Mrinal Kanti Gayen
Sub-cover artist, Arts Illustrated
‘So I am here again, peeping, as if through the peephole of a bioscope, to see the panoramic fleeting episodes of the Sundarban delta – the place where I was born and brought up till the end of my school days. All its impressions leave a mark that no one can measure by any so called authoritative standard. The impressions are the never-ending play of “is” and “is not” – a relentless marriage of “being” and “nothing’, or “void’ and “mass”, which is visible and invisible at the same time’.
Mrinal Kanti Gayen is an Assistant Professor at the Government College of Art and Craft, Kolkata. He has participated in various solo shows and group shows, and has been the recipient of several awards such as the National Academy Award, Lalit Kala Akademi, New Delhi, Government of India. His collections are part of reputed museums and private collections in India and abroad. If the language of sculpture has conventionally been emphasising mass and volume, then Mrinal challenges that notion. He works diligently on the possibilities of making his sculptures look more transparent and airy, and seemingly lessens the ‘visual weight’ of the sculptures.
Why do you do art?
My childhood was spent close to the Sunderbans, where I spent time playing on the river banks, writing my name in the sand. I observed how the water flowed and left a mark on the banks and imbibed the essence of the traditional Bengali cultural practices, which by then had all became sources of inspiration for me. I focused just on the feeling of loving art, through my intuition.
Where do you see yourself five years from now?
Comparing my timelines, five years ago, I would often wonder what my compositions should be like, what does nature look like, what would the texture of the foliage appear like? But now, I feel as though I am not so different from nature, that I am one with it. My works are filled with my energy wherever they go, so when they are displayed, even if I am not there, I am present in spirit! This is where I am presently, but five years from now, I would hope to feel more in tune with this intuitive feeling.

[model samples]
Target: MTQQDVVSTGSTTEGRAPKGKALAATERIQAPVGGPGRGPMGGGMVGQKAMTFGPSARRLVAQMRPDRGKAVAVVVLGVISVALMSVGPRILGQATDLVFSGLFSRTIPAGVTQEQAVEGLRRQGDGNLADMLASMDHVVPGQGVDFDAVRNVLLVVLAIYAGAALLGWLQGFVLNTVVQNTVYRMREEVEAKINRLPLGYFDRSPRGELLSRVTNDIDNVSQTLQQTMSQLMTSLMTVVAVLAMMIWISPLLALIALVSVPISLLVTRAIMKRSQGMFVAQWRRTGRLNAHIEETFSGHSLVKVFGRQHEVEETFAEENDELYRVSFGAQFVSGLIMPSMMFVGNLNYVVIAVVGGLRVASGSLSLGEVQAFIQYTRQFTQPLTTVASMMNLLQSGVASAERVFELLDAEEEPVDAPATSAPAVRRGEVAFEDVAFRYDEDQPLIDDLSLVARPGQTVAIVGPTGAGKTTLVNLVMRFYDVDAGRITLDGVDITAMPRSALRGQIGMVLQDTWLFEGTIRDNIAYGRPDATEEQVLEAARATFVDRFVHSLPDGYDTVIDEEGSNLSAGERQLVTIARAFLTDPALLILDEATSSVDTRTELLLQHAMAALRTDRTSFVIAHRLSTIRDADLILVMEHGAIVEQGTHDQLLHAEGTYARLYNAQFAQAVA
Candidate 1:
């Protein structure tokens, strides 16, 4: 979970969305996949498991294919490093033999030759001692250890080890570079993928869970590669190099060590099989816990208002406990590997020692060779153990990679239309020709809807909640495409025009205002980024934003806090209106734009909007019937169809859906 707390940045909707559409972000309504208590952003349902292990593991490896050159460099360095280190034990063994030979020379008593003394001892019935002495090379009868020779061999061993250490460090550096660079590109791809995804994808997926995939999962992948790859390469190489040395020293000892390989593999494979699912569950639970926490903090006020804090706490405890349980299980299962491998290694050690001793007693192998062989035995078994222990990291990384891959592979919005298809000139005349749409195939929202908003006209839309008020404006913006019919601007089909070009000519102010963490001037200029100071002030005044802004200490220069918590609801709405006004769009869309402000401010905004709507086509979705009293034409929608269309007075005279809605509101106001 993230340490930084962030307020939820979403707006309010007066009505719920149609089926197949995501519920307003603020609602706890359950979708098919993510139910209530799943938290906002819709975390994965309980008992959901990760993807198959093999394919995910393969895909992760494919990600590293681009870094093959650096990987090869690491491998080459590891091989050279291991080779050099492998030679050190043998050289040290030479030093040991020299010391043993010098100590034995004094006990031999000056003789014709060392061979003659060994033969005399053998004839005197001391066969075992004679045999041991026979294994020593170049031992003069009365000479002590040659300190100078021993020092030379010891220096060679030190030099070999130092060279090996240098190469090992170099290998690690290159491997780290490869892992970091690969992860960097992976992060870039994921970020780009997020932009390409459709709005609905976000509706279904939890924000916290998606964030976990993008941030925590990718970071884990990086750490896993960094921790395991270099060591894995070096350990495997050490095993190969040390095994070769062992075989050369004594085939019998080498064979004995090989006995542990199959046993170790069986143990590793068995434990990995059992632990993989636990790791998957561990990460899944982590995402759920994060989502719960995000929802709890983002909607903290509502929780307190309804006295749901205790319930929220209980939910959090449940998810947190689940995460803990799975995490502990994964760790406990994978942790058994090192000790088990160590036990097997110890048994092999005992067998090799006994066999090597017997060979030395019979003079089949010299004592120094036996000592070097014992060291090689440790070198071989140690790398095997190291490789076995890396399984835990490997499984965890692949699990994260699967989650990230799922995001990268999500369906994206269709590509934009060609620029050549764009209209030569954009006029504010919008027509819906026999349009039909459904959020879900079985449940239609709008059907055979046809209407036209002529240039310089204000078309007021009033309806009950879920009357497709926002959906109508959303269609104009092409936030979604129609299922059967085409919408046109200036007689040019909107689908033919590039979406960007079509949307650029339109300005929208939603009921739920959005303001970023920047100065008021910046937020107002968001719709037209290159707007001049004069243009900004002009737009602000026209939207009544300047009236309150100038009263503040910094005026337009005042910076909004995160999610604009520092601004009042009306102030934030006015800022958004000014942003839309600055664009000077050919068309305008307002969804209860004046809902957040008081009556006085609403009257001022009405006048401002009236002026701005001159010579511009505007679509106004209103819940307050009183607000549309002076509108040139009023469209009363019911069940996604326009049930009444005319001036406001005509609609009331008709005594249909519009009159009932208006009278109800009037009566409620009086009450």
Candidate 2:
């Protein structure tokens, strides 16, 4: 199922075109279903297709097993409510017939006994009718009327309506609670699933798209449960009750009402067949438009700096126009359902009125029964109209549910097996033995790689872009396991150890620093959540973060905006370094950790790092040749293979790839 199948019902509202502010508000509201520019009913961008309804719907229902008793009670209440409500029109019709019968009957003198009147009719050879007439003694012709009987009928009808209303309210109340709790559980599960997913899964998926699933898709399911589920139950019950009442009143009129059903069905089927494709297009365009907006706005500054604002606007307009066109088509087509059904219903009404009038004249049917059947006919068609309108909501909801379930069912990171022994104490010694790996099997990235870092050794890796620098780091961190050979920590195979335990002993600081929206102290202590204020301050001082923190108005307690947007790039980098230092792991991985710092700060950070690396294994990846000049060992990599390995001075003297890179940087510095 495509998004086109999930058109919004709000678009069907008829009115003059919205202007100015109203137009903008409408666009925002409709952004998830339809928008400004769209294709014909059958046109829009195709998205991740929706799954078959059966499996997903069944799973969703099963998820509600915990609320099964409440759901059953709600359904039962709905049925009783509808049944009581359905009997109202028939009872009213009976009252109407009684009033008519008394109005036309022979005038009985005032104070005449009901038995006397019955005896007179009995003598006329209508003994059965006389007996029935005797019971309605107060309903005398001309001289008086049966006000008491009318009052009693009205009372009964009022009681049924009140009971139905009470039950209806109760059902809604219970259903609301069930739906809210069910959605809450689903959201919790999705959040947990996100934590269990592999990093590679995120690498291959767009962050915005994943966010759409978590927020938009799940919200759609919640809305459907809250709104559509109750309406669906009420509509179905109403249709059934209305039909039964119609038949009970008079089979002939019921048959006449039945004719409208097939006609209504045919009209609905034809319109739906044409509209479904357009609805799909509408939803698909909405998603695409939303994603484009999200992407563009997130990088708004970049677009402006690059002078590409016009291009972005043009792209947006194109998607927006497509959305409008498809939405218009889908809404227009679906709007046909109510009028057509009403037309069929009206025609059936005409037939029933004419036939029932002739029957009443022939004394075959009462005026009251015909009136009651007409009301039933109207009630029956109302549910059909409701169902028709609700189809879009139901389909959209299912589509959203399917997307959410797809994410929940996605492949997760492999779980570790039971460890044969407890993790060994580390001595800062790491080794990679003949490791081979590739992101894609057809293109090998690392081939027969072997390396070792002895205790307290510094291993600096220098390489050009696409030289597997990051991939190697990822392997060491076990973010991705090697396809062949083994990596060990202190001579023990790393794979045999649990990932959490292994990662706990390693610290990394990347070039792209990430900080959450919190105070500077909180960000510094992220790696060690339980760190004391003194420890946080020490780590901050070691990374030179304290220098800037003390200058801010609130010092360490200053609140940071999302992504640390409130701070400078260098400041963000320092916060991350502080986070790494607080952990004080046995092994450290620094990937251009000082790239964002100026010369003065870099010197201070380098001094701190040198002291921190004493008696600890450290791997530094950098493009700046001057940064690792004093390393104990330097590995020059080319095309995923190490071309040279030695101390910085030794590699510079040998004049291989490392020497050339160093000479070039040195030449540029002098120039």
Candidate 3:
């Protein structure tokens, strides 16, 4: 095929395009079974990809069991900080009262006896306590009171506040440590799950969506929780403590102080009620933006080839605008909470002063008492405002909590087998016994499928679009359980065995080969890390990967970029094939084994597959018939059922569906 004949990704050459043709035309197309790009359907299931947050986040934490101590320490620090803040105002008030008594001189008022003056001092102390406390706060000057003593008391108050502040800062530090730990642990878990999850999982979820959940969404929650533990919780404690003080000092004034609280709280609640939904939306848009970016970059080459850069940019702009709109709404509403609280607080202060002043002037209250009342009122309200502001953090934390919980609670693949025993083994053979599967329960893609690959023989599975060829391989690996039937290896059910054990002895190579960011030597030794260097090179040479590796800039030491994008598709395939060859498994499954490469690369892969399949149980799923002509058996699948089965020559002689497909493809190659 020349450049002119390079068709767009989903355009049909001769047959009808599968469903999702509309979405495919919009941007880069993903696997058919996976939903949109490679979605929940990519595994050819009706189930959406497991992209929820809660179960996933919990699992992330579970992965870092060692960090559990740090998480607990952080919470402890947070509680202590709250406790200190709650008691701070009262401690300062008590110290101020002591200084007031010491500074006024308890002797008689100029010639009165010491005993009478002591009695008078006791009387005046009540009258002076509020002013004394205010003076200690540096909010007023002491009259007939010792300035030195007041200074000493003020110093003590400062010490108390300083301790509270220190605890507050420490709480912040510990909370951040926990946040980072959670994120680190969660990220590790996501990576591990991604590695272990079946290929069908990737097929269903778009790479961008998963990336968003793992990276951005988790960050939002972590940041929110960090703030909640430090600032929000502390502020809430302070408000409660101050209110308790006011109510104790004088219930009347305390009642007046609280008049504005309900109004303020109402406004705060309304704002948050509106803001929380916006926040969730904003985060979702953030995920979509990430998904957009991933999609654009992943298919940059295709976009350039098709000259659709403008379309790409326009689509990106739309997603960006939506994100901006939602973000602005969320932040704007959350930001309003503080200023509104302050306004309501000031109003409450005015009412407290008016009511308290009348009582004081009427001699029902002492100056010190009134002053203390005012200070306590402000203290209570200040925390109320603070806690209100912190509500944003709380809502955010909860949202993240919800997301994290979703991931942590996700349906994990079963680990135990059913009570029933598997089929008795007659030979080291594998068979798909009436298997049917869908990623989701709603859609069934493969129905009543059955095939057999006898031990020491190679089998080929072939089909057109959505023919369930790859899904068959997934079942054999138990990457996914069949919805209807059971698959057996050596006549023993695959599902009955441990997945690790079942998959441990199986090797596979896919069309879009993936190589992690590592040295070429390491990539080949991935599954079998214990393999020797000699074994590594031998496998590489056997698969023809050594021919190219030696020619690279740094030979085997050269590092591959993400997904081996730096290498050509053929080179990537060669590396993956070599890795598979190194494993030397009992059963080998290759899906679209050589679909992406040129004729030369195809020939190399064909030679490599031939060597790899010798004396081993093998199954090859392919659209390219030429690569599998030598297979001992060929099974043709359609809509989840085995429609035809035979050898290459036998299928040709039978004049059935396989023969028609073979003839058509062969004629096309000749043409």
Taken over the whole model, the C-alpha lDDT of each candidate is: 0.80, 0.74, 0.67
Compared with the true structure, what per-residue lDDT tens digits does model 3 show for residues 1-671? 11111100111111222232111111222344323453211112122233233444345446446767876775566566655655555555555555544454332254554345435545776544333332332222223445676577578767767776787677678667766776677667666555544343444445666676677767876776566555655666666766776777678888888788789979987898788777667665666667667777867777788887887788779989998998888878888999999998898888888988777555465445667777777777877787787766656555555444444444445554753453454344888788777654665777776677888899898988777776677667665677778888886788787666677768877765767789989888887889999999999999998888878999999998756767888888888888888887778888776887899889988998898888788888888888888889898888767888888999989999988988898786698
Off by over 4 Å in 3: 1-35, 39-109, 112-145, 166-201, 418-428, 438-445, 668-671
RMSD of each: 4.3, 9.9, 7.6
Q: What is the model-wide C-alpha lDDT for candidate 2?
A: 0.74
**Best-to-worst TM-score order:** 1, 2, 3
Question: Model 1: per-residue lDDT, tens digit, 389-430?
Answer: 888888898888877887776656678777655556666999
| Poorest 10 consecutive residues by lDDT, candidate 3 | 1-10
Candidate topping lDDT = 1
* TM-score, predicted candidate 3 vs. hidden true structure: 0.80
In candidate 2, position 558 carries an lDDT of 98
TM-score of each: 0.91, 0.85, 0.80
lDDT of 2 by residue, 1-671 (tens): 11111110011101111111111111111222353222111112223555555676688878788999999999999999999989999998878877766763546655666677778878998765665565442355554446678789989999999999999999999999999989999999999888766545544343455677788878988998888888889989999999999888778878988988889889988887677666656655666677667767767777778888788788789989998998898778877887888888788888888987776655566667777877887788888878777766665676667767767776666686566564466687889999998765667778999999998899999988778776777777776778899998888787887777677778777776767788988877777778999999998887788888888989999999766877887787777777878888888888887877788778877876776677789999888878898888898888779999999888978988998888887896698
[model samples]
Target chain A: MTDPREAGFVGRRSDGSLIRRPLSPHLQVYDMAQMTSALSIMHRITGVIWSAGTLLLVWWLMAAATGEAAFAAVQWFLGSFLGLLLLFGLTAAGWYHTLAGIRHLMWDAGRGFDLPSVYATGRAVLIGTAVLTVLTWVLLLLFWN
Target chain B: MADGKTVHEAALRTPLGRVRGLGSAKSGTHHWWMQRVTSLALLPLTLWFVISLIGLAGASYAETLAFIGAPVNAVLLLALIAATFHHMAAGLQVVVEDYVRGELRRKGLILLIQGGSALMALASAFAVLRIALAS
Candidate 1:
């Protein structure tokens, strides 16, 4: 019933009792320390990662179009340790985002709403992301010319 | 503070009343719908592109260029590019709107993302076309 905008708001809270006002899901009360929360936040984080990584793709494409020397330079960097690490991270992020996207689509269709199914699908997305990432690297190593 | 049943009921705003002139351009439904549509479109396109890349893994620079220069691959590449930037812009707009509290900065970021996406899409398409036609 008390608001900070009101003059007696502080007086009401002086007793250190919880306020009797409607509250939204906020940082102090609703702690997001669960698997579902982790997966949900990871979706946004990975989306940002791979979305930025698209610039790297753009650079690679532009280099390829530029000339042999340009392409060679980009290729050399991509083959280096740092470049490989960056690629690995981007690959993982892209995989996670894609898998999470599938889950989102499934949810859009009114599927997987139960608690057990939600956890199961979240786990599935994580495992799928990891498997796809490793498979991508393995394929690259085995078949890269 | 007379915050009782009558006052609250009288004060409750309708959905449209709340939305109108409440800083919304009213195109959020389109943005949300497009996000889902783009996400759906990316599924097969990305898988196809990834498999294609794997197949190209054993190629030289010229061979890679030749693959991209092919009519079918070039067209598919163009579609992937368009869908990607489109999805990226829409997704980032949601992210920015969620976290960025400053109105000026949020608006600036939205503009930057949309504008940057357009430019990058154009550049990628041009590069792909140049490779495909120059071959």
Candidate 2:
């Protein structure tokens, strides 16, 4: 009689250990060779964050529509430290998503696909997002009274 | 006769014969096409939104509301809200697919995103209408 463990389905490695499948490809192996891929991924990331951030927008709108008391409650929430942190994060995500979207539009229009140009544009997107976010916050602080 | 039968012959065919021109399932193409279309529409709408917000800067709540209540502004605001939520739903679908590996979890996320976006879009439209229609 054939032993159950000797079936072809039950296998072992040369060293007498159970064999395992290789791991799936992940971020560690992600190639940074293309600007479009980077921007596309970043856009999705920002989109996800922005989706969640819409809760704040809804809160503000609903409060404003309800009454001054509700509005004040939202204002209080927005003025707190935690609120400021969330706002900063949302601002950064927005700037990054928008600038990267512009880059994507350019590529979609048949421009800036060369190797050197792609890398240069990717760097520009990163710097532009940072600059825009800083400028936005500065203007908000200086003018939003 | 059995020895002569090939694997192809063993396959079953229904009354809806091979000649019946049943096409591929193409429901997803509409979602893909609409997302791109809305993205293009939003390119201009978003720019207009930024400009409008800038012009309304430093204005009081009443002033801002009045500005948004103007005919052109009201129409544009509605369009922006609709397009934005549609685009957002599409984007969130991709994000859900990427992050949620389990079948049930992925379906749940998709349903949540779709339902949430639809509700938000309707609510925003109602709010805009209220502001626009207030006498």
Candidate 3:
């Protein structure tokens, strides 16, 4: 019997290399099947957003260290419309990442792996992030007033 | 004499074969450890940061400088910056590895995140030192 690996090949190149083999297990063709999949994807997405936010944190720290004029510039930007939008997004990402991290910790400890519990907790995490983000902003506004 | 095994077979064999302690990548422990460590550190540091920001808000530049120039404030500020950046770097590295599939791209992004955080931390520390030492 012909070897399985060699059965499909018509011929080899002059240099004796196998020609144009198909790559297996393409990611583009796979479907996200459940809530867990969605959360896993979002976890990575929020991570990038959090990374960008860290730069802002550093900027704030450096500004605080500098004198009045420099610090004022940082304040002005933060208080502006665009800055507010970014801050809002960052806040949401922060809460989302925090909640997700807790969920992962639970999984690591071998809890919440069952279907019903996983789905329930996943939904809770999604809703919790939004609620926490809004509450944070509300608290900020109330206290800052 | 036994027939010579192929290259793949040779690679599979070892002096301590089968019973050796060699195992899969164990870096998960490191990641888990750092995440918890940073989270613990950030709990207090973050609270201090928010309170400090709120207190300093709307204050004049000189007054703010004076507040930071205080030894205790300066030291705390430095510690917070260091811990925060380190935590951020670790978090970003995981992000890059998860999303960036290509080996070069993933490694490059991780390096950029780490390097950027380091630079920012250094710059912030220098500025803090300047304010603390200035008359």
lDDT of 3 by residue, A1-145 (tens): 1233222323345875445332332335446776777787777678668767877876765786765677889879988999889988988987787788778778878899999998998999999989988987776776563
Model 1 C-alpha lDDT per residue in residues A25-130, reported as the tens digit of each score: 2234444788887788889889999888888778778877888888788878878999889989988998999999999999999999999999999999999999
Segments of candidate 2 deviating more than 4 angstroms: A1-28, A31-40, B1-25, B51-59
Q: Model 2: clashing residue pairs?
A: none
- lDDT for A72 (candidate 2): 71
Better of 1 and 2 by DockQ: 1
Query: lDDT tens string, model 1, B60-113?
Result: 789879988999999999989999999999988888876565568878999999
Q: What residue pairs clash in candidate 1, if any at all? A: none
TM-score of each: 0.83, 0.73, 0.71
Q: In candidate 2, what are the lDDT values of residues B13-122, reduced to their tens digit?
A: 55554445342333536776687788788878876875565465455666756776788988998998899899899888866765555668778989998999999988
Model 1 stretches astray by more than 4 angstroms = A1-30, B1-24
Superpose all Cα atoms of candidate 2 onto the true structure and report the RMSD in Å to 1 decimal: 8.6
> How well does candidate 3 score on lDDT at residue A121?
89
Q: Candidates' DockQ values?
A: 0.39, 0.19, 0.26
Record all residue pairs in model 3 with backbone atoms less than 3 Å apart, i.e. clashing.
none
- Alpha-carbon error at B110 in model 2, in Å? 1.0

If you could meet your artistic hero/inspiration, who would that be?
There are several people who have inspired me towards art, at different levels and at different times of my life. As a child I would watch the workers decorating the puja mandapa and work on the idol. I would go to help them. Akhil Das and Subhash Pal, who were my batch-mates, were also my biggest inspirations and helped me nurture my ideas and my concepts.
Who or what keeps you company while you work - music or silence or sounds of everyday life or a pet?
When I work in my studio, I listen to music that is folk-like, related to fishing like Bhatiali music. My studio has a homely atmosphere, where my daughters come to give me food, or give me hugs; positive and familiar vibes help me work well. Sculptural work is quite difficult, and often needs support. That is why it is better to have a lot of positivity around me.
How would you want to be remembered?
As artists, we do not have to be different from other people, or society. I just want to reduce that particular difference. Artists need the society as much as society needs them. As much as I want to leave a mark in history, I also want to be part of everyone’s as well.